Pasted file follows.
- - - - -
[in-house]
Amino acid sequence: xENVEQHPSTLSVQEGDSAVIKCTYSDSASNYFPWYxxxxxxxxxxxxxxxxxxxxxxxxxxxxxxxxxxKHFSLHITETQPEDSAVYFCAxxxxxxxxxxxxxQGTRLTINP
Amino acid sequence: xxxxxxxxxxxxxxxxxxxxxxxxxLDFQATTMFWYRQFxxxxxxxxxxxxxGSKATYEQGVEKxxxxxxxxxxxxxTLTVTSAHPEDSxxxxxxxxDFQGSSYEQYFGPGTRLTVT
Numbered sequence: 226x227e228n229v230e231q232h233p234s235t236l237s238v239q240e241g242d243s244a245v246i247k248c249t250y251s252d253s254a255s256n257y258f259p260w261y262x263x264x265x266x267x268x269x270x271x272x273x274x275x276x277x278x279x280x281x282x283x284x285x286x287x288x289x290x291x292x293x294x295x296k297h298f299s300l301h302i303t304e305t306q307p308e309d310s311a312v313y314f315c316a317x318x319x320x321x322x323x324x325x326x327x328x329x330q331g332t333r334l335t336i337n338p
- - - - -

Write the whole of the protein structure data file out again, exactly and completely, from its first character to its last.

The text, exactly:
[in-house]
Amino acid sequence: xENVEQHPSTLSVQEGDSAVIKCTYSDSASNYFPWYxxxxxxxxxxxxxxxxxxxxxxxxxxxxxxxxxxKHFSLHITETQPEDSAVYFCAxxxxxxxxxxxxxQGTRLTINP
Amino acid sequence: xxxxxxxxxxxxxxxxxxxxxxxxxLDFQATTMFWYRQFxxxxxxxxxxxxxGSKATYEQGVEKxxxxxxxxxxxxxTLTVTSAHPEDSxxxxxxxxDFQGSSYEQYFGPGTRLTVT
Numbered sequence: 226x227e228n229v230e231q232h233p234s235t236l237s238v239q240e241g242d243s244a245v246i247k248c249t250y251s252d253s254a255s256n257y258f259p260w261y262x263x264x265x266x267x268x269x270x271x272x273x274x275x276x277x278x279x280x281x282x283x284x285x286x287x288x289x290x291x292x293x294x295x296k297h298f299s300l301h302i303t304e305t306q307p308e309d310s311a312v313y314f315c316a317x318x319x320x321x322x323x324x325x326x327x328x329x330q331g332t333r334l335t336i337n338p